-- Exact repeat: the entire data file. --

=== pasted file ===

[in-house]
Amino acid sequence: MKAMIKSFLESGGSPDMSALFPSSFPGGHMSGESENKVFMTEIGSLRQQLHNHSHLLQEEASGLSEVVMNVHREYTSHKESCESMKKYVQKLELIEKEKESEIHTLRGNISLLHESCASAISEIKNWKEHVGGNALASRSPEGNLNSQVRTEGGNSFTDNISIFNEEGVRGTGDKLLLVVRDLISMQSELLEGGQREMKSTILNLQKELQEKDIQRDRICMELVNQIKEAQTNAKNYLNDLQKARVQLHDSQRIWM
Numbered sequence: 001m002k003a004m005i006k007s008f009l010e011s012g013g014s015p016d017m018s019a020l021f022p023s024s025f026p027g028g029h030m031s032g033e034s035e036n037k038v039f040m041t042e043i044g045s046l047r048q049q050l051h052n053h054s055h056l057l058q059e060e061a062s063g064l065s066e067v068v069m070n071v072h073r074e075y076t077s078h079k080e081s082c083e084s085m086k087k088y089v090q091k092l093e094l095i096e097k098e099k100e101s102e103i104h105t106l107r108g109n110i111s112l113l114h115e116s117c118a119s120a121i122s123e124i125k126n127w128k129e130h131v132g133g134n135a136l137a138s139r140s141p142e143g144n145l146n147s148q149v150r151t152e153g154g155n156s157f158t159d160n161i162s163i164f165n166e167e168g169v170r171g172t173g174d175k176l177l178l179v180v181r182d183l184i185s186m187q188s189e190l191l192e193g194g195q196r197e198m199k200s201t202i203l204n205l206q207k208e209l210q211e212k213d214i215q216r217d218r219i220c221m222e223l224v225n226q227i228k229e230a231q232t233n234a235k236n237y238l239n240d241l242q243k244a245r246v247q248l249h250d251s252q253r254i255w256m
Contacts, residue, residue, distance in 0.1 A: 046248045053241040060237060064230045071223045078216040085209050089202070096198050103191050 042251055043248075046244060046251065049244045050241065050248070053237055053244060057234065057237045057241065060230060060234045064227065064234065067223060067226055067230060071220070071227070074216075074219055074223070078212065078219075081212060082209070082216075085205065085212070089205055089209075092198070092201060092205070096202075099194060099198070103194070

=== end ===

[in-house]
Amino acid sequence: MKAMIKSFLESGGSPDMSALFPSSFPGGHMSGESENKVFMTEIGSLRQQLHNHSHLLQEEASGLSEVVMNVHREYTSHKESCESMKKYVQKLELIEKEKESEIHTLRGNISLLHESCASAISEIKNWKEHVGGNALASRSPEGNLNSQVRTEGGNSFTDNISIFNEEGVRGTGDKLLLVVRDLISMQSELLEGGQREMKSTILNLQKELQEKDIQRDRICMELVNQIKEAQTNAKNYLNDLQKARVQLHDSQRIWM
Numbered sequence: 001m002k003a004m005i006k007s008f009l010e011s012g013g014s015p016d017m018s019a020l021f022p023s024s025f026p027g028g029h030m031s032g033e034s035e036n037k038v039f040m041t042e043i044g045s046l047r048q049q050l051h052n053h054s055h056l057l058q059e060e061a062s063g064l065s066e067v068v069m070n071v072h073r074e075y076t077s078h079k080e081s082c083e084s085m086k087k088y089v090q091k092l093e094l095i096e097k098e099k100e101s102e103i104h105t106l107r108g109n110i111s112l113l114h115e116s117c118a119s120a121i122s123e124i125k126n127w128k129e130h131v132g133g134n135a136l137a138s139r140s141p142e143g144n145l146n147s148q149v150r151t152e153g154g155n156s157f158t159d160n161i162s163i164f165n166e167e168g169v170r171g172t173g174d175k176l177l178l179v180v181r182d183l184i185s186m187q188s189e190l191l192e193g194g195q196r197e198m199k200s201t202i203l204n205l206q207k208e209l210q211e212k213d214i215q216r217d218r219i220c221m222e223l224v225n226q227i228k229e230a231q232t233n234a235k236n237y238l239n240d241l242q243k244a245r246v247q248l249h250d251s252q253r254i255w256m
Contacts, residue, residue, distance in 0.1 A: 046248045053241040060237060064230045071223045078216040085209050089202070096198050103191050 042251055043248075046244060046251065049244045050241065050248070053237055053244060057234065057237045057241065060230060060234045064227065064234065067223060067226055067230060071220070071227070074216075074219055074223070078212065078219075081212060082209070082216075085205065085212070089205055089209075092198070092201060092205070096202075099194060099198070103194070